We find that there is value in stressing balance. I’m not necessarily referring to the utopian attempt of a perfect work/life balance but more so of a challenging/rewarding work balance. It can be helpful to monitor and be aware of your team members who are currently being challenged and growing so that you can be sure they get rewarded for those efforts. This does not necessarily need to be monetary; it could also be ensuring that they get an interesting project, easy project, rewarding task, or opportunity to lead a certain endeavor. Find that balance between being challenged, being rewarded, working hard, having a few easier weeks, or whatever it may be. We can help find that balance internally to where work is not always an existential grind but has its own ebbs and flows so that your team stays more energized and ready to tackle future work.
Identifying the personnel who naturally are more of the fun-seekers and collaborators can be very effective at ensuring the team stays glued together by allowing those persons to take the lead for coordinating fun events such as community activities, happy hours, or even just impromptu team lunches. The small and quite simple get-togethers might not be noticed as any one event, but over time can lead to a better integrated and collaborative team.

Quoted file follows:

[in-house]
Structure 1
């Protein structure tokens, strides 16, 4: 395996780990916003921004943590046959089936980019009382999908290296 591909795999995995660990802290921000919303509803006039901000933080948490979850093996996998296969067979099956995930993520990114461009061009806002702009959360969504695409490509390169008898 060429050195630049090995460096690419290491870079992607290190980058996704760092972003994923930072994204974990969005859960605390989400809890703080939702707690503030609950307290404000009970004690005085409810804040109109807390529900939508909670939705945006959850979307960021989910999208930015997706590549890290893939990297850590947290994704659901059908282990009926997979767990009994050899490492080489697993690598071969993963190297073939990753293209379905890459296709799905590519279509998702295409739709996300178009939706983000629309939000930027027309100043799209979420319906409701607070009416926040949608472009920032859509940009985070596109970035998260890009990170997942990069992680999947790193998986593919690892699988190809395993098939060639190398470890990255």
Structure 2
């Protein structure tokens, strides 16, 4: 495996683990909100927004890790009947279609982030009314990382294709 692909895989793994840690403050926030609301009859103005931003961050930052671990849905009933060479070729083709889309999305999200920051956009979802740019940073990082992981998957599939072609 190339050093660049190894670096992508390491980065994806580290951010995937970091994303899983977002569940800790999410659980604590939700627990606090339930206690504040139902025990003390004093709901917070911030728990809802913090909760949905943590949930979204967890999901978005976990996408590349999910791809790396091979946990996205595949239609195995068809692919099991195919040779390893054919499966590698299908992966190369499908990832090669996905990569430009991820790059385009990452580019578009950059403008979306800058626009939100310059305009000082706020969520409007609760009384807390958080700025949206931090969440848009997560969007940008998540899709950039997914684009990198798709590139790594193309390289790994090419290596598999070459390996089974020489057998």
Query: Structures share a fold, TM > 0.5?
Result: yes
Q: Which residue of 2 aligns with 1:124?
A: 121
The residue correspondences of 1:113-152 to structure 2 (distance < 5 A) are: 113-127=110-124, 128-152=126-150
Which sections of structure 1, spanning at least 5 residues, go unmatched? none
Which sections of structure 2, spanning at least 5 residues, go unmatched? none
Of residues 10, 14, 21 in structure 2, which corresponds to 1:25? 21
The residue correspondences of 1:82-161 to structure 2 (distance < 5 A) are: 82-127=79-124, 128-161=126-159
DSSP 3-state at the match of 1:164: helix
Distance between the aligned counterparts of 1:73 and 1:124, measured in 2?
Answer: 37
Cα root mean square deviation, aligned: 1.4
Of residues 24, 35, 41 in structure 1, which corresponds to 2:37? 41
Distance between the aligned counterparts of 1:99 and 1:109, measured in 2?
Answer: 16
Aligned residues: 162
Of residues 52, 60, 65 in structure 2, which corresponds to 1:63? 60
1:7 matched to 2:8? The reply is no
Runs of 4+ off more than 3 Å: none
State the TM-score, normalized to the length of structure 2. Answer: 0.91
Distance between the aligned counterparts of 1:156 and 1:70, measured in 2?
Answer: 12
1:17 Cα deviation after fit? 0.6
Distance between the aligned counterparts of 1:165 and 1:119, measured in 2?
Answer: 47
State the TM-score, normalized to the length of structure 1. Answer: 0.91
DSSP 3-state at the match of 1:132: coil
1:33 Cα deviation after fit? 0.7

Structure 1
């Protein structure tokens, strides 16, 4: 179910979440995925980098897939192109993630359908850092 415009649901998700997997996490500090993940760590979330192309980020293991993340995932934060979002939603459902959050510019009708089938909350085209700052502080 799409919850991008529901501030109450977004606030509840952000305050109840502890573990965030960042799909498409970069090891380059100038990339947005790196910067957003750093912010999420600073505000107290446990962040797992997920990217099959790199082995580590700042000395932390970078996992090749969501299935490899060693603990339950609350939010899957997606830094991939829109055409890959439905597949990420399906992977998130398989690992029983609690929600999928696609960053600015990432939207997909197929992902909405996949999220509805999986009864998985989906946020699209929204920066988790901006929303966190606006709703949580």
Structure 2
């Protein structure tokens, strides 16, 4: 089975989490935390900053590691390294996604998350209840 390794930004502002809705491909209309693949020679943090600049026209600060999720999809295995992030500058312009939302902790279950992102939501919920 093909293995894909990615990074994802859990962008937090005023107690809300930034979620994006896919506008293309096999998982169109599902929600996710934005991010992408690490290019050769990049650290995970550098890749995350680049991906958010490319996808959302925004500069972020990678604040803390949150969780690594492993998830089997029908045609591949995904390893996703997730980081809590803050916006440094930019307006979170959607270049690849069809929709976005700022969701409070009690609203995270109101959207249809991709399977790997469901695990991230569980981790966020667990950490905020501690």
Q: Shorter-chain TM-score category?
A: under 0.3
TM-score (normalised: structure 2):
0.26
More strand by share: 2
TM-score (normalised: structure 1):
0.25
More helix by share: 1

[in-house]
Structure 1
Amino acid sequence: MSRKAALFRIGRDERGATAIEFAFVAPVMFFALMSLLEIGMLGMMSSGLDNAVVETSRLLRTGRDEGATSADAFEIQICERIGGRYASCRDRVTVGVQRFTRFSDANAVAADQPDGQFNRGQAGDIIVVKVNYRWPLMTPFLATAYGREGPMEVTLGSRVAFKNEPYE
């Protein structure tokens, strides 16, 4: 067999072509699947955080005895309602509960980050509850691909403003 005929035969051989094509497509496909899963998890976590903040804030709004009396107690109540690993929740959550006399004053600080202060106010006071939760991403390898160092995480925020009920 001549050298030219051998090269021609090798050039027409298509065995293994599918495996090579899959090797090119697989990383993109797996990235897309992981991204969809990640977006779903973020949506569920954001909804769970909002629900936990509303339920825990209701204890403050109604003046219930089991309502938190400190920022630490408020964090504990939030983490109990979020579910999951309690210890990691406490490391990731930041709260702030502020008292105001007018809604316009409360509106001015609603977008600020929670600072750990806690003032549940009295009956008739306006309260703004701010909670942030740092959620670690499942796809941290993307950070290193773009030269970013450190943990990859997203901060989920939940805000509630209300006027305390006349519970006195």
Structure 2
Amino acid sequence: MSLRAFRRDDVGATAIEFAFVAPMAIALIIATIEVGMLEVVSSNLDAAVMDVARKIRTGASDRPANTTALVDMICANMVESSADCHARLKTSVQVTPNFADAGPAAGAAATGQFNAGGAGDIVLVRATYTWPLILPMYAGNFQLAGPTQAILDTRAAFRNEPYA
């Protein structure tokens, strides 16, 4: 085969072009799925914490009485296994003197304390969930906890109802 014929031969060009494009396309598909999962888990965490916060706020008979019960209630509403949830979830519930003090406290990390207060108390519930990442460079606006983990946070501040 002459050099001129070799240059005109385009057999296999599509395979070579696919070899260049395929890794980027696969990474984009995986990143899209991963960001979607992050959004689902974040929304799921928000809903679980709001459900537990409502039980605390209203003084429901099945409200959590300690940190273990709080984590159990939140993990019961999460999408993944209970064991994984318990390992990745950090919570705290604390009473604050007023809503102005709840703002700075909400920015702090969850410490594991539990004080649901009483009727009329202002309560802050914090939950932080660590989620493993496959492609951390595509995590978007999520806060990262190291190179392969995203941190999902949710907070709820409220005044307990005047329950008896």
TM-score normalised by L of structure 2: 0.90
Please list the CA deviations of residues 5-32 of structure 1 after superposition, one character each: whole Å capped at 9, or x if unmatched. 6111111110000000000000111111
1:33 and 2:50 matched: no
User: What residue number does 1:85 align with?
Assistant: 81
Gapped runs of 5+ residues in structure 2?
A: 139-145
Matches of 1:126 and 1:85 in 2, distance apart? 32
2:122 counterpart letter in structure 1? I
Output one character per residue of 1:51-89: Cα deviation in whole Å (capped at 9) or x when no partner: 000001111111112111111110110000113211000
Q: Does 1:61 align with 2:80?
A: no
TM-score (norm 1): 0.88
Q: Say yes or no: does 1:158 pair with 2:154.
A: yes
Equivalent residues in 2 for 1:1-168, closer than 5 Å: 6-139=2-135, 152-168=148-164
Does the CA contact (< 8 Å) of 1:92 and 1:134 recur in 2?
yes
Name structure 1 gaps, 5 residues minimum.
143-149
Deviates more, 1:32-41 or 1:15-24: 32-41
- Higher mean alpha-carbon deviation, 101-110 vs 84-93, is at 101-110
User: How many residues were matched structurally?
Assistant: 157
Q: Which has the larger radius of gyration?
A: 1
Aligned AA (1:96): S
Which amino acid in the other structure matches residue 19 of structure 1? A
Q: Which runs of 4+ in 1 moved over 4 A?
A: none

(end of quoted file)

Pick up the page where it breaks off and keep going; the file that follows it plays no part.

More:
As we discussed with individual team members having different personalities, it should be obvious that each team member likely will have unique driving passions for why they work or what they are working for. The more that you can understand that about each team member, the more likely that you can provide opportunities to cater to their individual motivating factors and keep those team members feeling valued and rewarded.
Reward and acknowledge
Most importantly, focusing on showing value to each team member early and often should go without saying, but as we are all busy, this can often go by the wayside. We are nothing without our high-performing teams, and waiting until year-end to show or discuss how valuable someone may be to the team can sometimes be too long.